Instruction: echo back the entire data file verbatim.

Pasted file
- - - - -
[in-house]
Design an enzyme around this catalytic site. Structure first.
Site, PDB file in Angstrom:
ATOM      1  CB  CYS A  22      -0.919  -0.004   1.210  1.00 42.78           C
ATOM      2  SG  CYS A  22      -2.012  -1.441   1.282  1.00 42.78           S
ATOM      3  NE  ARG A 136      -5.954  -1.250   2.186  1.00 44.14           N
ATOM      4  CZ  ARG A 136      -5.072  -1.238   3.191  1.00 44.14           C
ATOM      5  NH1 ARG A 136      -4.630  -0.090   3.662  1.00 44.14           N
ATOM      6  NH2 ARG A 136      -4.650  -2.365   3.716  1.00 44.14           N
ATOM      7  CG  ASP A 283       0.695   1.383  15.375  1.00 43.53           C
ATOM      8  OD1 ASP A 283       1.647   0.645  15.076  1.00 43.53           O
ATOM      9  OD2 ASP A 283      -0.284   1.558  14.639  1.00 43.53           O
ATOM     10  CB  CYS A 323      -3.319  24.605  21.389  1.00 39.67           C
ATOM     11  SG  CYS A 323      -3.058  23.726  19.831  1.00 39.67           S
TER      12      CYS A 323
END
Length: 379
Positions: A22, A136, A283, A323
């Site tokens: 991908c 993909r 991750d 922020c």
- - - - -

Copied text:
[in-house]
Design an enzyme around this catalytic site. Structure first.
Site, PDB file in Angstrom:
ATOM      1  CB  CYS A  22      -0.919  -0.004   1.210  1.00 42.78           C
ATOM      2  SG  CYS A  22      -2.012  -1.441   1.282  1.00 42.78           S
ATOM      3  NE  ARG A 136      -5.954  -1.250   2.186  1.00 44.14           N
ATOM      4  CZ  ARG A 136      -5.072  -1.238   3.191  1.00 44.14           C
ATOM      5  NH1 ARG A 136      -4.630  -0.090   3.662  1.00 44.14           N
ATOM      6  NH2 ARG A 136      -4.650  -2.365   3.716  1.00 44.14           N
ATOM      7  CG  ASP A 283       0.695   1.383  15.375  1.00 43.53           C
ATOM      8  OD1 ASP A 283       1.647   0.645  15.076  1.00 43.53           O
ATOM      9  OD2 ASP A 283      -0.284   1.558  14.639  1.00 43.53           O
ATOM     10  CB  CYS A 323      -3.319  24.605  21.389  1.00 39.67           C
ATOM     11  SG  CYS A 323      -3.058  23.726  19.831  1.00 39.67           S
TER      12      CYS A 323
END
Length: 379
Positions: A22, A136, A283, A323
């Site tokens: 991908c 993909r 991750d 922020c």